“The place is too crowded for me;

make room for me to settle.”


Then you will say in your heart,

“Who has borne me these?

I was bereaved and barren,

exiled and put away—

so who has reared these?

I was left all alone—

where then have these come from?”



Thus says the Lord G od:

I will soon lift up my hand to the nations,

and raise my signal to the peoples;

and they shall bring your sons in their bosom,

and your daughters shall be carried on their shoulders.


Kings shall be your foster fathers,

and their queens your nursing mothers.

With their faces to the ground they shall bow down to you,

and lick the dust of your feet.

Then you will know that I am the L ord;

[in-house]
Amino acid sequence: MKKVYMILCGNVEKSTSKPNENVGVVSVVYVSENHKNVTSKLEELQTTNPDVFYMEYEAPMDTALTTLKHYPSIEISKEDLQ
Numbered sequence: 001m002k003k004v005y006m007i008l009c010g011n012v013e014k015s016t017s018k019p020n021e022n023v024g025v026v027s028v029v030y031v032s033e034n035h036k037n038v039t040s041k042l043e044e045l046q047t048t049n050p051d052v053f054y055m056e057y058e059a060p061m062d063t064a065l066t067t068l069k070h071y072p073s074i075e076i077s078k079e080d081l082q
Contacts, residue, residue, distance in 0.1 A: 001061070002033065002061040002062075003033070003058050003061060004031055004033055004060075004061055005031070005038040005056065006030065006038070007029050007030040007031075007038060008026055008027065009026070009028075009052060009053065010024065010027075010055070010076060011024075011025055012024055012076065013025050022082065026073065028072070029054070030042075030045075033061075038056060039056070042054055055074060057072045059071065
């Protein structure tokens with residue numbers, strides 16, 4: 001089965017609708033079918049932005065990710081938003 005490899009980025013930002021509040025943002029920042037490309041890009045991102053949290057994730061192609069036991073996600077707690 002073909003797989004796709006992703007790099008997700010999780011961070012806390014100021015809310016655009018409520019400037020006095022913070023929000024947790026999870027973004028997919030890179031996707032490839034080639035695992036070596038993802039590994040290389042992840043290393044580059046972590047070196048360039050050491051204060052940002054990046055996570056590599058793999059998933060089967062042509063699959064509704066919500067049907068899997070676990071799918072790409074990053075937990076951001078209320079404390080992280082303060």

those who wait for me shall not be put to shame.



Can the prey be taken from the mighty,

or the captives of a tyrant be rescued?


But thus says the L ord:

Even the captives of the mighty shall be taken,

and the prey of the tyrant be rescued;

for I will contend with those who contend with you,

and I will save your children.


I will make your oppressors eat their own flesh,

and they shall be drunk with their own blood as with wine.

Then all flesh shall know

that I am the L ord your Savior,

and your Redeemer, the Mighty One of Jacob.